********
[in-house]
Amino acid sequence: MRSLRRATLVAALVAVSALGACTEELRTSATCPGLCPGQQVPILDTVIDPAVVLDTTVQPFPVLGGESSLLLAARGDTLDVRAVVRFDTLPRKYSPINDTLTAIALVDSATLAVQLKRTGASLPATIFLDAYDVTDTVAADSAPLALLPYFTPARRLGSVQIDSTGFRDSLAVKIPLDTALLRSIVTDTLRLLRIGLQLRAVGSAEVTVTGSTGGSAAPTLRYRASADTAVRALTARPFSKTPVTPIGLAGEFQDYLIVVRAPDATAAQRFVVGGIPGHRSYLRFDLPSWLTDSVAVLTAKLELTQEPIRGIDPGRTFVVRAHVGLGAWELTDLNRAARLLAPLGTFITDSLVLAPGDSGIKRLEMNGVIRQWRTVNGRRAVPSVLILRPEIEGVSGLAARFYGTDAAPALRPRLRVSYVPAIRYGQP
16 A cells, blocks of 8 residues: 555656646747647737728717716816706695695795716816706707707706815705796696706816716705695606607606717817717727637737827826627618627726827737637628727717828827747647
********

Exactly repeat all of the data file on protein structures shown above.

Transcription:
[in-house]
Amino acid sequence: MRSLRRATLVAALVAVSALGACTEELRTSATCPGLCPGQQVPILDTVIDPAVVLDTTVQPFPVLGGESSLLLAARGDTLDVRAVVRFDTLPRKYSPINDTLTAIALVDSATLAVQLKRTGASLPATIFLDAYDVTDTVAADSAPLALLPYFTPARRLGSVQIDSTGFRDSLAVKIPLDTALLRSIVTDTLRLLRIGLQLRAVGSAEVTVTGSTGGSAAPTLRYRASADTAVRALTARPFSKTPVTPIGLAGEFQDYLIVVRAPDATAAQRFVVGGIPGHRSYLRFDLPSWLTDSVAVLTAKLELTQEPIRGIDPGRTFVVRAHVGLGAWELTDLNRAARLLAPLGTFITDSLVLAPGDSGIKRLEMNGVIRQWRTVNGRRAVPSVLILRPEIEGVSGLAARFYGTDAAPALRPRLRVSYVPAIRYGQP
16 A cells, blocks of 8 residues: 555656646747647737728717716816706695695795716816706707707706815705796696706816716705695606607606717817717727637737827826627618627726827737637628727717828827747647